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Old January 4, 2013, 01:35 PM   #86
Alabama Shooter
Senior Member
Join Date: December 20, 2012
Location: Sweet Home
Posts: 886
Where a stigma rests in a reasonable desire (wanting to not have a mental illness), I am not sure that the stigma is removable.
These days I believe the Stigma evolves more around the unpredictable and some times dangerous behavior of the mentally ill. There are certain communicable diseases that cause erratic and anti-social behavior but these I think are not "mental illness" in the terms of the conversation here.

it was both sad and surprising to see how many of her friends more or less abandoned her -- just couldn't hack being confronted with her illness. And "stigmatized" was how it felt to her.
Being sick changed her state as a person. People don't react well to that kind of change. Some people may embrace it on the other hand if they can identify with it.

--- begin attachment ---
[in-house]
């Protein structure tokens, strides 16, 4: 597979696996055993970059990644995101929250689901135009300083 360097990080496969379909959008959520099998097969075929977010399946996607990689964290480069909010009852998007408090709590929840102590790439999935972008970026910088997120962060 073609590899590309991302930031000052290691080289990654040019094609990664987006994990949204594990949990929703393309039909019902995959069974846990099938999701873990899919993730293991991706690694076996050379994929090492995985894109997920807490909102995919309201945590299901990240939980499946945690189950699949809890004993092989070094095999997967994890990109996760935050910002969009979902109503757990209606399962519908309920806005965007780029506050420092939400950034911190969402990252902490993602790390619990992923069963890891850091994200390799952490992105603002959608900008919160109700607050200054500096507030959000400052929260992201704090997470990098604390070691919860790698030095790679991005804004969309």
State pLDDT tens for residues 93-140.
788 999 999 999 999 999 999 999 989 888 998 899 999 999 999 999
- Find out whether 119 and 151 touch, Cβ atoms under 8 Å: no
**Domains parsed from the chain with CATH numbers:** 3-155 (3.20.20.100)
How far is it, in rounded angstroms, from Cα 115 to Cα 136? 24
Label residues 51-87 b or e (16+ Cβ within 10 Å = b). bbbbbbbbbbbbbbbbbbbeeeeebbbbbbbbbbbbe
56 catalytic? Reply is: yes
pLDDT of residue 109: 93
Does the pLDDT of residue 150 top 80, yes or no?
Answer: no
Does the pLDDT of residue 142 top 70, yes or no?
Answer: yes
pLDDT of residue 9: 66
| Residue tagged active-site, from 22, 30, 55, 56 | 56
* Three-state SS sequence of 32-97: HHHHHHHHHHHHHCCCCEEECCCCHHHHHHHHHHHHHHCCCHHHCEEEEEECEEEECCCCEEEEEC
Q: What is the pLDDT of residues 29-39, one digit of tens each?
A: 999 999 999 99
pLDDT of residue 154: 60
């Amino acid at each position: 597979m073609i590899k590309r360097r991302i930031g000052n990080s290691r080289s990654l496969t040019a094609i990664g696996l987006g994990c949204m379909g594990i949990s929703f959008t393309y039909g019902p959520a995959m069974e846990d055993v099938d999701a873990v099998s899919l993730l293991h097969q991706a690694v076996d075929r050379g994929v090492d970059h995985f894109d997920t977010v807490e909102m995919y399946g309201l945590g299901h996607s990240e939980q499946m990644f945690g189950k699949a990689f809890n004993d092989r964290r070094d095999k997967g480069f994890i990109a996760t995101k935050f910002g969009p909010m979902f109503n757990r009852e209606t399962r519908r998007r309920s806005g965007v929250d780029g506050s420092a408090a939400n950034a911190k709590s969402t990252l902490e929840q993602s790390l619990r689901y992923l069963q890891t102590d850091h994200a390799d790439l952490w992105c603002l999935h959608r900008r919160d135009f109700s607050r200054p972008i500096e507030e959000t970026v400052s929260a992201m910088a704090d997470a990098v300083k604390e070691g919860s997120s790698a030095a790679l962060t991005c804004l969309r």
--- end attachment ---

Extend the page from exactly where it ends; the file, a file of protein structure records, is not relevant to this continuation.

The minister at our church suffers from a huge number of physical ailments. Treatments for these ailments take up a lot of time. Yet he still fulfills all of his duties as minister. Now, he came to our church with these ailments. I wonder if he had developed these ailments after he arrived would people remark how much he had changed and should we try to replace him?
Tomorrow is the most important thing in life. Comes into us at midnight very clean. It's perfect when it arrives and it puts itself in our hands. It hopes we've learned something from yesterday.
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